The 2019 Super Rugby season is barely over a month away and excitement is reaching fever pitch.
Anyone can contribute to The Roar and have their work featured alongside some of Australia’s most prominent sports journalists.
One thing I’ve loved about working behind the scenes in the Rebel Army, and seeing this ragtag organisation thrive, is the relationships that have sprung up between Rebels supporters and our players.
Not a day has passed where I haven’t seen conversations on social media between players and punters, on topics ranging from the previous week’s game, and advice for budding players, to personal lives, families, even proper Twitter hashtag etiquette.
Originally, I, somewhat lazily, put this down to a fluke that we managed to sign 30-odd really nice, computer-literate guys. Then, as the highs and lows of our first season eventuated, it occurred to me that there was something more.
These blokes had taken a punt on us, just like we had taken a punt on them. When they came down to Melbourne, expecting who knows what, and found a bunch of nutbags willing to adopt them, and support them no matter the result, their response went beyond the traditional sporting team niceties of inserting the term ‘great supporters’ in press releases.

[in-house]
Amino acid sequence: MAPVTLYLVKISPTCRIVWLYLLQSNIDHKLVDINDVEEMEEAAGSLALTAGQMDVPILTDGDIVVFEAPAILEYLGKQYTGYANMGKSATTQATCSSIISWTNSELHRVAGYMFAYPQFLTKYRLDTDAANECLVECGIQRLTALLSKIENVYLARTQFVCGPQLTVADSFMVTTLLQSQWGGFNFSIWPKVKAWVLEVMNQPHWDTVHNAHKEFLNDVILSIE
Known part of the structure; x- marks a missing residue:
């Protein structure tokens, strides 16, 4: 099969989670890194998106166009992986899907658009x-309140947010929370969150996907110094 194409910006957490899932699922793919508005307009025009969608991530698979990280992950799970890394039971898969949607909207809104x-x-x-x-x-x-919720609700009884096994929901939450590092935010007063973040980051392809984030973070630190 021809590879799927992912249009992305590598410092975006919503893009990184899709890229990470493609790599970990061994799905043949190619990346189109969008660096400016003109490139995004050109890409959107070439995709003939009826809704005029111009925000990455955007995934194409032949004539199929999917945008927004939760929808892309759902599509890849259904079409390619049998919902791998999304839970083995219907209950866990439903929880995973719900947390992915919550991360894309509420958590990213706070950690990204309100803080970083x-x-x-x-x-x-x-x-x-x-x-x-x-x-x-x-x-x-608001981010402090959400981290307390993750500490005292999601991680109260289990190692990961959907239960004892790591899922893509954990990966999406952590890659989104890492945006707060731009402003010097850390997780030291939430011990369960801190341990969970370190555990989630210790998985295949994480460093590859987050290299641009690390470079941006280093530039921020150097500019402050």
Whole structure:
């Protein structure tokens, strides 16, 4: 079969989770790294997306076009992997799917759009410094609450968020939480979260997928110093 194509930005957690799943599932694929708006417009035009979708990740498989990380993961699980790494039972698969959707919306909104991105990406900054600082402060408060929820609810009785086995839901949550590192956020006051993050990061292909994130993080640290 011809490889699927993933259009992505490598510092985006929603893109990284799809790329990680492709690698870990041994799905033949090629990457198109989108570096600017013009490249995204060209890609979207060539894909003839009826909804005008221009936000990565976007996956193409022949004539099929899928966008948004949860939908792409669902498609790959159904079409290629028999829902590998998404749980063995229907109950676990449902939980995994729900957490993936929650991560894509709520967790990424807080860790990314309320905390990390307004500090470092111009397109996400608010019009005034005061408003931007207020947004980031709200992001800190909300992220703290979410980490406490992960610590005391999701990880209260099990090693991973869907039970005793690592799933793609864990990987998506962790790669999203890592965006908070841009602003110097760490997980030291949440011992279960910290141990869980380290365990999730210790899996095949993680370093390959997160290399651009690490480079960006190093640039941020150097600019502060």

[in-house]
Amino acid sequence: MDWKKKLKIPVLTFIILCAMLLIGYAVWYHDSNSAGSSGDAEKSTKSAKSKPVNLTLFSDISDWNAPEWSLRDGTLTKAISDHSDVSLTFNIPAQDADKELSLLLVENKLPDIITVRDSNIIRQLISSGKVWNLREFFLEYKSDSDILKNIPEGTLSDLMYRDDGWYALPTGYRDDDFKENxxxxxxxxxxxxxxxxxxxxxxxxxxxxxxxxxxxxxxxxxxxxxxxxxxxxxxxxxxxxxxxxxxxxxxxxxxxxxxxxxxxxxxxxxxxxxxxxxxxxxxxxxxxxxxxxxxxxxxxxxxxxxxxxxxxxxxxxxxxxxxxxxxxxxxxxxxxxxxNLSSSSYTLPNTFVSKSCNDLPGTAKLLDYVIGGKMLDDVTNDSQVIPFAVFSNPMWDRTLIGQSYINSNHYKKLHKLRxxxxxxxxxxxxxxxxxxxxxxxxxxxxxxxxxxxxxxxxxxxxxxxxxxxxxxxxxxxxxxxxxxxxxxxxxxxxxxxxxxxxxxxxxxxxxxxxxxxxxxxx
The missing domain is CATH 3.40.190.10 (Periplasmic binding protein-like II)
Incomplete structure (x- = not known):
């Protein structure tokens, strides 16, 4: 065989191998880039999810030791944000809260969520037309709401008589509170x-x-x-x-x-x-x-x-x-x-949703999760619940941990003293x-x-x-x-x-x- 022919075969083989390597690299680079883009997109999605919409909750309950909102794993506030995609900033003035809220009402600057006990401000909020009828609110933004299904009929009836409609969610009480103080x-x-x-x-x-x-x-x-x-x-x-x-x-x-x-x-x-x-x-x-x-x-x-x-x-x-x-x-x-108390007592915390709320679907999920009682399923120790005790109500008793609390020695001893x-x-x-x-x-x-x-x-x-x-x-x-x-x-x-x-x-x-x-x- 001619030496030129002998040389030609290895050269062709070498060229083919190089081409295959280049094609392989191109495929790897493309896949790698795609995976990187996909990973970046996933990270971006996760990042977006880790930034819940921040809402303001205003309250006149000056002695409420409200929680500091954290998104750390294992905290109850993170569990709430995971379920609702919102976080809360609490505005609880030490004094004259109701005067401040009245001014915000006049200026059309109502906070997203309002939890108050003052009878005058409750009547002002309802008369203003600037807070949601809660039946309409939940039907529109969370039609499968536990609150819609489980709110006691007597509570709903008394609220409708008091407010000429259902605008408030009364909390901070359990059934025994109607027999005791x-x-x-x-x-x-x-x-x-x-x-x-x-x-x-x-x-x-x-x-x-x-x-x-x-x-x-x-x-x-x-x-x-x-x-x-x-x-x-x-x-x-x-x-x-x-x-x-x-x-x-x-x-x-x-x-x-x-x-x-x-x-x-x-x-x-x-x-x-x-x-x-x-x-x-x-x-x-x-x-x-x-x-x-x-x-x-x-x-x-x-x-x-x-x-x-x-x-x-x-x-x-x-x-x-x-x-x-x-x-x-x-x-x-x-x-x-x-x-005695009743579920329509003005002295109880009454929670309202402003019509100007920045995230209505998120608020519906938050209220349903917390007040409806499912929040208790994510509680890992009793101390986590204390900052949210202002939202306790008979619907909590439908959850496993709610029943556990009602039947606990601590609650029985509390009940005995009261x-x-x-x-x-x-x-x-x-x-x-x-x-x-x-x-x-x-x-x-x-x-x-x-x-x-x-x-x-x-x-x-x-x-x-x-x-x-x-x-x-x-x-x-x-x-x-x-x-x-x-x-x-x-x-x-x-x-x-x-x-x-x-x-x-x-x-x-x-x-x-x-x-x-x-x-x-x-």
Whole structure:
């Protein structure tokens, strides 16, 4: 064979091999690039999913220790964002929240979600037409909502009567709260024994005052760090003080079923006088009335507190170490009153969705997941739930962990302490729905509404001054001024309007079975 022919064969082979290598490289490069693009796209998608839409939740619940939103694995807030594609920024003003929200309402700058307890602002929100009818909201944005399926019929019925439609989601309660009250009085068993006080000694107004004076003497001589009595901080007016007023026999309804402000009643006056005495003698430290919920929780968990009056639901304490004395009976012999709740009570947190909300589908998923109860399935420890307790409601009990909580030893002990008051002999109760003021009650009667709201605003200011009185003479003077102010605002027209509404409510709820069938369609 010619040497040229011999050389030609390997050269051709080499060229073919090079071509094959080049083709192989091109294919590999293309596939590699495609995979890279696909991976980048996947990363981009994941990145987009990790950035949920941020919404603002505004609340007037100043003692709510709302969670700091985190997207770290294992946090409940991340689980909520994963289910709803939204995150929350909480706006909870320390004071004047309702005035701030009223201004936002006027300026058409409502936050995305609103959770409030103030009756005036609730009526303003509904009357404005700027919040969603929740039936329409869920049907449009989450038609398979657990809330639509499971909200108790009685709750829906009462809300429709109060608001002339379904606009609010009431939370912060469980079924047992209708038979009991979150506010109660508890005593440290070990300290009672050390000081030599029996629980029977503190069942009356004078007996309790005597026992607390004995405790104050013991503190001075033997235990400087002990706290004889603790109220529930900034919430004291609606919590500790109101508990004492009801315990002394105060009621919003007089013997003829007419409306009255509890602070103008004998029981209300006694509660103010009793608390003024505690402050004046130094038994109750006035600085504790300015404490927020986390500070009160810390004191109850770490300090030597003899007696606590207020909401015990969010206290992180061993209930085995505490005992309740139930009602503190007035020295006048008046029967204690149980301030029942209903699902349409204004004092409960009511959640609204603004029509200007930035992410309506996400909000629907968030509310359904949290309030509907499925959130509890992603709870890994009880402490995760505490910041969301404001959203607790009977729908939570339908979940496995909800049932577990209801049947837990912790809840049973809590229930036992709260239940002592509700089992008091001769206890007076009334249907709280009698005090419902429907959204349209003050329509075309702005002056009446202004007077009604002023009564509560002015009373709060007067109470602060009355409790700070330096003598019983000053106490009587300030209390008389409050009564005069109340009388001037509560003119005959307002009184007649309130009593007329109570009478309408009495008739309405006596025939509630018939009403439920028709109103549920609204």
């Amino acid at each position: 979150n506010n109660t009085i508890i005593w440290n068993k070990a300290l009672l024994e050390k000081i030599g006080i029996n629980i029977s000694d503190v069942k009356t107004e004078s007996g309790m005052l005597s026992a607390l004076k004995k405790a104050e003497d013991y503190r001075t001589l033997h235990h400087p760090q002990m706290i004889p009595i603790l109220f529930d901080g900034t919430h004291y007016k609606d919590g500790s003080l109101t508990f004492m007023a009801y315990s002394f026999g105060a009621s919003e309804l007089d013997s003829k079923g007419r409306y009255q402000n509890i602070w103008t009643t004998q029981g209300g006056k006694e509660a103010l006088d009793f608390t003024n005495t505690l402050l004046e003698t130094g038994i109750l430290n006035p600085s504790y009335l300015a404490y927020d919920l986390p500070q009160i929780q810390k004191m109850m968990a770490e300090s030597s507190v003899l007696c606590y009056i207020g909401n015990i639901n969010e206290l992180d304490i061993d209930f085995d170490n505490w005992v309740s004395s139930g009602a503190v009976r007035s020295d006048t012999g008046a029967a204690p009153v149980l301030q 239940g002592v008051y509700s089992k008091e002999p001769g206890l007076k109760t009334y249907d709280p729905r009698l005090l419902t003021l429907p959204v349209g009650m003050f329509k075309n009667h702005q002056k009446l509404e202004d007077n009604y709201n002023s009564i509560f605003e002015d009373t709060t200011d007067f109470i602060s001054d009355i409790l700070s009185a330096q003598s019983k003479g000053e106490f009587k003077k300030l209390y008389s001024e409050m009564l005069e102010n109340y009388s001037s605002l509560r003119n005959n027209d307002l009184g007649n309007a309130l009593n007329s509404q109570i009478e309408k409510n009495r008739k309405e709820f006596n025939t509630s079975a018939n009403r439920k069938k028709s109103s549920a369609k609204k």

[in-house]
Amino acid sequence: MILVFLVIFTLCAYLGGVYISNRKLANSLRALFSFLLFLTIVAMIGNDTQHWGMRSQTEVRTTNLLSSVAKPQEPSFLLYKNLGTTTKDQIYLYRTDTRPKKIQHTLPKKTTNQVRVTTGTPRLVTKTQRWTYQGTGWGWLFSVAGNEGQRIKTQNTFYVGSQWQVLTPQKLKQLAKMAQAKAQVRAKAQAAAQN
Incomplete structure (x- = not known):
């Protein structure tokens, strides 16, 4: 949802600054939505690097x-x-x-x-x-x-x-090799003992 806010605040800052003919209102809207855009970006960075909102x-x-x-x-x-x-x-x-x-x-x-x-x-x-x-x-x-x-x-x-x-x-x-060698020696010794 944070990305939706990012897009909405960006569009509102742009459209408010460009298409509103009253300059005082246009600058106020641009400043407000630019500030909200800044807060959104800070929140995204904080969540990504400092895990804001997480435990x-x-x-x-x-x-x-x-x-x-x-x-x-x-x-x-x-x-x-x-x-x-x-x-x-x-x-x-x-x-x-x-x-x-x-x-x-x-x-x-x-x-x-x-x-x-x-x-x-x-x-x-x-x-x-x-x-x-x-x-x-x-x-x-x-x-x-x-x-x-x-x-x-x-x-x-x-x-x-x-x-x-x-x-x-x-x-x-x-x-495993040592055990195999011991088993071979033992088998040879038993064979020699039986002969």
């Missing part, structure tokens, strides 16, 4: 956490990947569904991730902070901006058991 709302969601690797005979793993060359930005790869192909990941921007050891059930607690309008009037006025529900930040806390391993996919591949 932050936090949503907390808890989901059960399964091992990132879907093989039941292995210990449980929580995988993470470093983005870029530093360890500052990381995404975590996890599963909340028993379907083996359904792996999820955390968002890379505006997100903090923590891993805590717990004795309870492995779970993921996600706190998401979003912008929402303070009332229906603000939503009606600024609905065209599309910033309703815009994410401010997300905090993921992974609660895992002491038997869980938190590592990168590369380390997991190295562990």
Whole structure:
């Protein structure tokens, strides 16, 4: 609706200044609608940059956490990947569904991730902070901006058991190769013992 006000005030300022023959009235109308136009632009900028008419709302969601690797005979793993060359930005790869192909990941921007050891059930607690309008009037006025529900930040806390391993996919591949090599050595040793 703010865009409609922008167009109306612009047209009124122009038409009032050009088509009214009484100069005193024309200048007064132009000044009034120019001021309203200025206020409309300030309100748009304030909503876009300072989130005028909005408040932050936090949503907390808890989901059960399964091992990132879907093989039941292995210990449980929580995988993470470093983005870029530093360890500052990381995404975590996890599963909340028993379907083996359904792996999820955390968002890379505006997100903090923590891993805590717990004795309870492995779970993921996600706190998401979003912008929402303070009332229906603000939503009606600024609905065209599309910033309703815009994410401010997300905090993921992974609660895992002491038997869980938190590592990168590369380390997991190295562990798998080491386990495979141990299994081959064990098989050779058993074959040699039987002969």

We were mates.
There’s nothing better than having your mates fulfill their dreams. Actually, I lie, there’s one thing better. Being there to see it when they do. Which brings me to our story.
A week before we left for Auckland, the plan was hatched. A few Rebel Army members had been planning to include the Cold War battle between Russia and the USA in their itinerary long before the Cup, and Army co-founder Gav Norman and I had planned to arrive in Auckland on that Thursday, to see the Wallabies game on the Saturday, and Wales v Samoa on Sunday.
Then Adam Byrnes got picked in the Russian Rugby World Cup squad, and was a significant chance of getting a jersey in the first game.
Talking to Al about his trip so far, we decided that the Army needed a presence, if at all possible, for such a significant event. We weren’t able to change our flights into NZ, so we did the math.